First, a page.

Article

Implications of philosophical and personal belief exemptions on re-emergence of vaccine-preventable disease The role of spatial clustering in under-vaccination

Mel and Enid Zuckerman College of Public Health, University of Arizona, Tucson, AZ, USA.
Human Vaccines & Immunotherapeutics (Impact Factor: 2.37). 06/2012; 8(6):838-41. DOI: 10.4161/hv.19743
Source: PubMed

ABSTRACT

Vaccine exemption policies vary by state, and it has been demonstrated that easier protocols for personal/philosophical belief exemptions are associated with lower vaccine coverage at the state level. However, this does not lead to ubiquitously lower immunization rates across the state, as shown by variability in county-level exemption rates. Rather, there is geographical clustering of areas which are then more vulnerable to outbreaks of vaccine-preventable diseases. Understanding both state and local patterns of vaccine exemptions and developing policies and public health interventions to increase coverage in high-risk areas is critical. At all levels of healthcare, efforts must be made to encourage vaccination education and legislation to protect the public's health.

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    • "As one of the most trusted sources for vaccinerelated information, clinicians play an important role in parental decisions about school-entry immunization exemptions [11]. Furthermore , the ease of exemption protocols has been positively correlated with exemption rates [12] [13] [14]. To reduce the ease by which exemptions are obtained, physicians have been included in the exemption process. "
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    ABSTRACT: Background As exemptions to school-entry requirements rise, vaccination rates in Arizona school children are approaching levels that may threaten public health. Understanding the interactions physicians have with vaccine-hesitant parents, as well as the opinions physicians hold regarding vaccination, exemption, and exemption policies, are critical to our understanding of, and ability to affect, vaccination exemption rates among children. Methods Survey responses were elicited from practitioners listed in The Arizona Partnership for Immunization and the Arizona Medical Association databases using a multi-pronged recruitment approach. Respondents provided data regarding their practice, comfort with parental refusal of individual vaccines, opinions about the beliefs held by parents that seek exemptions, parent education strategies, issues regarding providing care to unvaccinated children, and potential changes to Arizona policy. Results A total of 152 practitioners providing care to a wide geographic and economic population of Arizona responded to the survey. Respondents were generally strong advocates of all immunizations but were more accepting of parents’ desires to refuse hepatitis B and rotavirus vaccines. Almost all providers indicated that they see patients whose parents request to refuse or delay from vaccinations at least occasionally (88% and 97%, respectively). Only 37% of respondents indicated that they would be supportive of a policy requiring them to sign off on a parent's decision to refuse vaccination. Conclusions Vaccination providers in Arizona are generally very supportive of childhood immunizations but have varying comfort with exemption from individual vaccines. Responding providers tended to not support a requirement for a physician's signature for vaccine exemptions due to varying concerns regarding the implementation of such a practice.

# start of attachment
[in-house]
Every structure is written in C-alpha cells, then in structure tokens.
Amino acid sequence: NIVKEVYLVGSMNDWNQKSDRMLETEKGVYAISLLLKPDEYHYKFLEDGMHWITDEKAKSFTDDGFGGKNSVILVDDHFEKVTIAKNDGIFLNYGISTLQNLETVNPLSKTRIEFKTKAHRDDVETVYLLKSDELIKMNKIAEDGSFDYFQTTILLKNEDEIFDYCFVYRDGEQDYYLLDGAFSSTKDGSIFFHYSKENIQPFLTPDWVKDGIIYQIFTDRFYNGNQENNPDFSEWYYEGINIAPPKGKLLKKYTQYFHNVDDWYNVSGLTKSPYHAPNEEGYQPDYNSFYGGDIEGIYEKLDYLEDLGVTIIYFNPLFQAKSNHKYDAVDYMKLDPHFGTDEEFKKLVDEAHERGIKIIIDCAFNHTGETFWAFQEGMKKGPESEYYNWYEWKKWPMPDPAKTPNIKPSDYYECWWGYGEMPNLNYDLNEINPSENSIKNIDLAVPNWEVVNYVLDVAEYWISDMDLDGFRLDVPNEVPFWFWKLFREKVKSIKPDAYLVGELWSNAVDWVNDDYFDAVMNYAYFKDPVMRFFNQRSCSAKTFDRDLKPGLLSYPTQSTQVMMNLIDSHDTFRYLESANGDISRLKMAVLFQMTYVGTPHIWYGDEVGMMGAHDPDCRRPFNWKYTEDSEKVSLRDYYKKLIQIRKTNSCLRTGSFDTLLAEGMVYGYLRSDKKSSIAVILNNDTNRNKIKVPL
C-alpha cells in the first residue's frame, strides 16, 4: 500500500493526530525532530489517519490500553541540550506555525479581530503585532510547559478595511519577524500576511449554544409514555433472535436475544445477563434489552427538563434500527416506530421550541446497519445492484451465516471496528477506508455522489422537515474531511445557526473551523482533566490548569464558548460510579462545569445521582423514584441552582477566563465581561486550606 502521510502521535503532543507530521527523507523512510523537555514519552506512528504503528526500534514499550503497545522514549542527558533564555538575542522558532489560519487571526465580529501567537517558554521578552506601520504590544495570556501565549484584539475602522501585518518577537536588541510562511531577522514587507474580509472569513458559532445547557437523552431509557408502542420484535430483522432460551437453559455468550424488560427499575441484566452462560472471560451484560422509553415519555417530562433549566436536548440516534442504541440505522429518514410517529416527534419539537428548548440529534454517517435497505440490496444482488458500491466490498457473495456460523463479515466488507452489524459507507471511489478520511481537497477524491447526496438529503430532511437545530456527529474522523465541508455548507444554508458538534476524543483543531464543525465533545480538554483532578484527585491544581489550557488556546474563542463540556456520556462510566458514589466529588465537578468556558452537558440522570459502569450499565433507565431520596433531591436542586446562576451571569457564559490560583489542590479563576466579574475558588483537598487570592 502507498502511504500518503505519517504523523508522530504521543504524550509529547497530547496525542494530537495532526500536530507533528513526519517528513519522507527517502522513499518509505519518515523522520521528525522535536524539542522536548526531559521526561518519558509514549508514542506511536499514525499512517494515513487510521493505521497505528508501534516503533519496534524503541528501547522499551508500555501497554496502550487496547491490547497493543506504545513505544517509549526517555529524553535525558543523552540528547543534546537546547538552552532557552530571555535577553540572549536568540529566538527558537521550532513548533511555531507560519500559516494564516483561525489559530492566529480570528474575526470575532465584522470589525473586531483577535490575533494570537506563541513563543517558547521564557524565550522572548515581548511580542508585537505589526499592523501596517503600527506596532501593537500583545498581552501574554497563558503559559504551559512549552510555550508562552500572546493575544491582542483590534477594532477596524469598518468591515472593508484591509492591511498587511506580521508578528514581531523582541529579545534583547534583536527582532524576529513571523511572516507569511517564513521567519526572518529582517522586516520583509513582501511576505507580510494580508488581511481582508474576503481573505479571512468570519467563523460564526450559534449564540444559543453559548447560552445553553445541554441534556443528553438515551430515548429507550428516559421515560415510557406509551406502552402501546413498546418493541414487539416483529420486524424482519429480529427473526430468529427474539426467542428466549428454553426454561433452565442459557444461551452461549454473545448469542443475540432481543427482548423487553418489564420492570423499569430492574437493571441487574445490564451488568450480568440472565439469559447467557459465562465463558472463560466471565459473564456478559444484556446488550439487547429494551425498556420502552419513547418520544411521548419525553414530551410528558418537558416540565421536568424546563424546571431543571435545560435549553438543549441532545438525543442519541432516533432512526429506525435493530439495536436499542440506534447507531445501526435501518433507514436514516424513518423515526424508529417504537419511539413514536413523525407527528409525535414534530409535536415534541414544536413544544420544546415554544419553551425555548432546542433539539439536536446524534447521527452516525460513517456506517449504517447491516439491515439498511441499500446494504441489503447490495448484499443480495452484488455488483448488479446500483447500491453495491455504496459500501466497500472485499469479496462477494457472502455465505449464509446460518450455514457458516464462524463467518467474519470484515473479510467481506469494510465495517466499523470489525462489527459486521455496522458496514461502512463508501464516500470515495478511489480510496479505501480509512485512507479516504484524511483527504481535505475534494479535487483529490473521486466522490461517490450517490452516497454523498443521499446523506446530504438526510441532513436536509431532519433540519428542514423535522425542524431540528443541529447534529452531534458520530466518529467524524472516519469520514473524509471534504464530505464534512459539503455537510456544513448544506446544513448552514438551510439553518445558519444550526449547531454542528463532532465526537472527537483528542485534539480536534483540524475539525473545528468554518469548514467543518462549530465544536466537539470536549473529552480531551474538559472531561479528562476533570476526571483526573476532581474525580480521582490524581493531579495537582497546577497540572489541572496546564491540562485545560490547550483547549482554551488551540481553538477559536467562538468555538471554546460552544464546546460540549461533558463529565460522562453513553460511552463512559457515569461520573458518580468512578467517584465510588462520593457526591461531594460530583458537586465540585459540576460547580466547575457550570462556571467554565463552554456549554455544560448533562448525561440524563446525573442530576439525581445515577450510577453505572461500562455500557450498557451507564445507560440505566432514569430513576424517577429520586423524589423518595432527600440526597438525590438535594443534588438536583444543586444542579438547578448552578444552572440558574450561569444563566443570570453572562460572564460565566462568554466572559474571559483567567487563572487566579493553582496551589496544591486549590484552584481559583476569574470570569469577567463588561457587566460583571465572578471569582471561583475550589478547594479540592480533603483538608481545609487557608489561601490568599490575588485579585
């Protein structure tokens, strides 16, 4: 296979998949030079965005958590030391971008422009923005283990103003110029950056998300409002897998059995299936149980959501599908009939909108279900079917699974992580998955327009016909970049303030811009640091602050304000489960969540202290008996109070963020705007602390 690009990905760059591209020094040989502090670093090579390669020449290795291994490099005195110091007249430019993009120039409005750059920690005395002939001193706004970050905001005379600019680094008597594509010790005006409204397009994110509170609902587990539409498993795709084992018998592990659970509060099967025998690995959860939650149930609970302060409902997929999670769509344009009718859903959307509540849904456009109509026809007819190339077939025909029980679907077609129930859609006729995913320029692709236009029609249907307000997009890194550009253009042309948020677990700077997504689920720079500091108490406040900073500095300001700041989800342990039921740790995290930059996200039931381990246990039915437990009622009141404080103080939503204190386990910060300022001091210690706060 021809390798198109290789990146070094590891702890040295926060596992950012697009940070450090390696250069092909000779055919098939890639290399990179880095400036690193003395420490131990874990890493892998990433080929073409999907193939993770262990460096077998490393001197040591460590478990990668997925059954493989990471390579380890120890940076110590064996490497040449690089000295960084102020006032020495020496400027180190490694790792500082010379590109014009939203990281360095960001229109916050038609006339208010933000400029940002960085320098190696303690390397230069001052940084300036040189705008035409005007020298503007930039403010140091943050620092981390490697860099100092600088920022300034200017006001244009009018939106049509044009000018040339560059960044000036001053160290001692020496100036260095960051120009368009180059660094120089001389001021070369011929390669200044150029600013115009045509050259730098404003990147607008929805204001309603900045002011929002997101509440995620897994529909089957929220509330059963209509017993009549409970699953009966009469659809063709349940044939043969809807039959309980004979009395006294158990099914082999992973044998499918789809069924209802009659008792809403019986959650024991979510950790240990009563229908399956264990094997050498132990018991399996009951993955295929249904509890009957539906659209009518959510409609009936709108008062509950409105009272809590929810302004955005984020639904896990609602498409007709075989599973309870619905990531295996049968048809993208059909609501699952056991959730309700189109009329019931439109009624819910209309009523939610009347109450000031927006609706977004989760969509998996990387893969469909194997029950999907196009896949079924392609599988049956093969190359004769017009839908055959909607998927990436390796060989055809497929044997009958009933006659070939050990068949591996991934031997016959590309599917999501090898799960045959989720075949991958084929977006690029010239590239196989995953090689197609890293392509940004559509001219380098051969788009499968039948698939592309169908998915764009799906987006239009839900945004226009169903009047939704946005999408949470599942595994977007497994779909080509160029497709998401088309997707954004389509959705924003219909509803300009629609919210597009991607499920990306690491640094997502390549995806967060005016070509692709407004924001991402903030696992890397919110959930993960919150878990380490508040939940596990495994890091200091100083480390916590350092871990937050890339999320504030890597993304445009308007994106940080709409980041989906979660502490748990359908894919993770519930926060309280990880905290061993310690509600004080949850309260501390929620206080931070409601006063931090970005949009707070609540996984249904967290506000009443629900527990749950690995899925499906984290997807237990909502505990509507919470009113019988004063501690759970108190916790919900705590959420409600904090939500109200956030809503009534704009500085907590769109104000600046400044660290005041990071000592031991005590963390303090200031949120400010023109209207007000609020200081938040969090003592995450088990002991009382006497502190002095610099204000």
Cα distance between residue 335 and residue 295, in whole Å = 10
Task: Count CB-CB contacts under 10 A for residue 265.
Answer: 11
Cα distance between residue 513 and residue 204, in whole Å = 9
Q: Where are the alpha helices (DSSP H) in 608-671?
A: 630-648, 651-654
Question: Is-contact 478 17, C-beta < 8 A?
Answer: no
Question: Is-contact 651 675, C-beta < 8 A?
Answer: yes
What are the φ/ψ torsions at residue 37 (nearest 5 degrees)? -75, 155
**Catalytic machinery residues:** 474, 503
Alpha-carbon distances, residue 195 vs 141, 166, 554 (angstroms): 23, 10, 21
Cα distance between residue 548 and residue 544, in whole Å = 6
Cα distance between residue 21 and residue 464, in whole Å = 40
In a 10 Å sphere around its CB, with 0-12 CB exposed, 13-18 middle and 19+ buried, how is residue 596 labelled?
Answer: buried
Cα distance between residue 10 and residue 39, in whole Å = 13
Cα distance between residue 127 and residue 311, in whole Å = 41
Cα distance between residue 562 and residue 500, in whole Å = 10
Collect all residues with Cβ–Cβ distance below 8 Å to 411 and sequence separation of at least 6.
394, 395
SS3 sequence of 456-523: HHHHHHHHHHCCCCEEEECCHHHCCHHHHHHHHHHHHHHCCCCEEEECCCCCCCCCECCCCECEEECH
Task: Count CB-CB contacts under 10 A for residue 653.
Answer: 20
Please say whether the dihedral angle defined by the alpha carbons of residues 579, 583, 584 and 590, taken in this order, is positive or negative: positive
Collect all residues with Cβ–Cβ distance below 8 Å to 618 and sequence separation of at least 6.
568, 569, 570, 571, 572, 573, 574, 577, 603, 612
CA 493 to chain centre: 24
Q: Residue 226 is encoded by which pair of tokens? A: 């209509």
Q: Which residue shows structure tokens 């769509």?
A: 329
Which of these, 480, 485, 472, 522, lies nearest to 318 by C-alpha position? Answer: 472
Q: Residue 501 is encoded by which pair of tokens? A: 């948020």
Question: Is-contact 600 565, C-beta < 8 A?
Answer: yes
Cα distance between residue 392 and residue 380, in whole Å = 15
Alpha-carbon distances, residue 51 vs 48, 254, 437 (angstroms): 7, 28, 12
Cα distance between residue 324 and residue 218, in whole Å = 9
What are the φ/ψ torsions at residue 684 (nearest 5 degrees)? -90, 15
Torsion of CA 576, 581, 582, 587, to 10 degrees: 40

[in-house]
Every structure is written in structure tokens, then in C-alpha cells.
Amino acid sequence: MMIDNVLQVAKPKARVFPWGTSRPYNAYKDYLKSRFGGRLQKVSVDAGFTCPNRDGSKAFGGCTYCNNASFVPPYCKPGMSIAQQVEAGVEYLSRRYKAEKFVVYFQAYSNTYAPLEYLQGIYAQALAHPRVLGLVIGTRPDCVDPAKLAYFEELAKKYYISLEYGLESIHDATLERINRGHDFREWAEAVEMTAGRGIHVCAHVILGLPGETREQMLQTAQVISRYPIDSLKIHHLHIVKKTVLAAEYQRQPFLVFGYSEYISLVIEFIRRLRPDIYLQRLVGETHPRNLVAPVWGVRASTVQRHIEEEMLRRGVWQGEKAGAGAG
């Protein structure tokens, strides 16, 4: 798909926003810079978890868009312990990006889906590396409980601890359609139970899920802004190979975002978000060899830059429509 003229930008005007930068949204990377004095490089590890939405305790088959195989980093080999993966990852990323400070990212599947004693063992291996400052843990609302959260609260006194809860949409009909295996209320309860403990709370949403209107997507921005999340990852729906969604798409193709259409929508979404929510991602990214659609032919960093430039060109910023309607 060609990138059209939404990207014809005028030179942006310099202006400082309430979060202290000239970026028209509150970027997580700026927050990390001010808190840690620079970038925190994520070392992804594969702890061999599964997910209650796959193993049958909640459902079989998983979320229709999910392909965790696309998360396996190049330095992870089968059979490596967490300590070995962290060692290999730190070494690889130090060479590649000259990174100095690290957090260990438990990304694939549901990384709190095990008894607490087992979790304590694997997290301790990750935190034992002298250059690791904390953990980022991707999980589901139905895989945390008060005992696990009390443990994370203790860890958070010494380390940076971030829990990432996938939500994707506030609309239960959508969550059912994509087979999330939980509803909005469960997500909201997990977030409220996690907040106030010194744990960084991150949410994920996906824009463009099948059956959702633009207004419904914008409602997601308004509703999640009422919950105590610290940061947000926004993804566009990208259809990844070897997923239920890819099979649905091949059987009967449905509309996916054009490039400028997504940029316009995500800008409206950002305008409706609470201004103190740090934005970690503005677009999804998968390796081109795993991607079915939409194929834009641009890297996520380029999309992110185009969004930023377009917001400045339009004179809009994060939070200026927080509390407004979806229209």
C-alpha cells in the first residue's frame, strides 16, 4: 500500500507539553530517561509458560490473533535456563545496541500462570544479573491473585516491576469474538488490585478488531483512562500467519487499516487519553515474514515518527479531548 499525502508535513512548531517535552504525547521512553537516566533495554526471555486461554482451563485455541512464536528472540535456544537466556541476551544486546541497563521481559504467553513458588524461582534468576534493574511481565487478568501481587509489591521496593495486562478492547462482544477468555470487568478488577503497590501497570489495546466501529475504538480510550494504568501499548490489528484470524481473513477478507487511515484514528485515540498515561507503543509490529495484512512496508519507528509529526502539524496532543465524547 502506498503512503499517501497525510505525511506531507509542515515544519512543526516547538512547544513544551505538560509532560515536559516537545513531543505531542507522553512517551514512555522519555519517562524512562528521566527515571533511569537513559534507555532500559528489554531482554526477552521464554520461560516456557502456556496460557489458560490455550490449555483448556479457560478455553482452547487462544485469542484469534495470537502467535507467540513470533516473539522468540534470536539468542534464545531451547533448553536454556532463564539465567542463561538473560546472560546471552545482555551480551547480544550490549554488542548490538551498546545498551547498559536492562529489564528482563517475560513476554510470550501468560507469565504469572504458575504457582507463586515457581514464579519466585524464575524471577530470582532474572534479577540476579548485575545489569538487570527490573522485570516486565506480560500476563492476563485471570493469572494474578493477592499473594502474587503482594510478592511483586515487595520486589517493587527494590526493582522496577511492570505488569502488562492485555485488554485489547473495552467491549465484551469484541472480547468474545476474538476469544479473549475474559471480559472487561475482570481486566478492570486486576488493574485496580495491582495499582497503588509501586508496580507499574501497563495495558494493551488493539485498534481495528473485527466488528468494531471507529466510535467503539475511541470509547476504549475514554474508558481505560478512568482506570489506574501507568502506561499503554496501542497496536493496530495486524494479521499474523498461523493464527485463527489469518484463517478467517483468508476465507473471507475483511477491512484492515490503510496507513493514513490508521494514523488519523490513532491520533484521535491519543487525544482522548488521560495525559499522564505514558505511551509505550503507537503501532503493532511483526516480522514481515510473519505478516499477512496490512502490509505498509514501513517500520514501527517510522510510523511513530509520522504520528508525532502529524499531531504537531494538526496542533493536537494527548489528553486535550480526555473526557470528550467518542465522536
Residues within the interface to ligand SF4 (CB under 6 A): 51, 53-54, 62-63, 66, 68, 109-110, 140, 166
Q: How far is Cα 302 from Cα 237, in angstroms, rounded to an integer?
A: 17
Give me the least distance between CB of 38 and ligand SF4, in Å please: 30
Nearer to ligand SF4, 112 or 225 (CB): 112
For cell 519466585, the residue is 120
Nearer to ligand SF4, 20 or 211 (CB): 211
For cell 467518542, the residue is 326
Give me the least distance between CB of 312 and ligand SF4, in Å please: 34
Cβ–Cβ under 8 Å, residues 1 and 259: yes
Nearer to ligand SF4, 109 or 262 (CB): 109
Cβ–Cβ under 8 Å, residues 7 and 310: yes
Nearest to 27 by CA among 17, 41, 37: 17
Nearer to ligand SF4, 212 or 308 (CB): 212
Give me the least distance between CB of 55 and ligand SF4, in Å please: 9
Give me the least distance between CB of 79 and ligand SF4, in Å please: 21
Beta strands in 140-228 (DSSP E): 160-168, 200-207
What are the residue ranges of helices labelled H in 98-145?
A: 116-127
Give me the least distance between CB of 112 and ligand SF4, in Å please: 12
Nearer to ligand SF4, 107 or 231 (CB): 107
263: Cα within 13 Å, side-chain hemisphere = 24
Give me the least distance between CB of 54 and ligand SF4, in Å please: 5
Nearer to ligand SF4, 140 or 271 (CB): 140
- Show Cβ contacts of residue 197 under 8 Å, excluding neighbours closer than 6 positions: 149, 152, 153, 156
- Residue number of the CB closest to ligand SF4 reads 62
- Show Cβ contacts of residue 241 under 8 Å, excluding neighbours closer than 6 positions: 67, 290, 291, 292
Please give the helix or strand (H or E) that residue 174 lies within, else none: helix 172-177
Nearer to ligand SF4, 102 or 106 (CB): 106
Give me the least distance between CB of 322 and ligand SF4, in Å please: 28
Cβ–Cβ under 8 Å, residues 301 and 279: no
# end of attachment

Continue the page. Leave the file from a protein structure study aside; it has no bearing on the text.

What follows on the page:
Full-text · Article · Jun 2014
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    • "As one of the most trusted sources for vaccinerelated information, clinicians play an important role in parental decisions about school-entry immunization exemptions [11]. Furthermore , the ease of exemption protocols has been positively correlated with exemption rates [12] [13] [14]. To reduce the ease by which exemptions are obtained, physicians have been included in the exemption process. "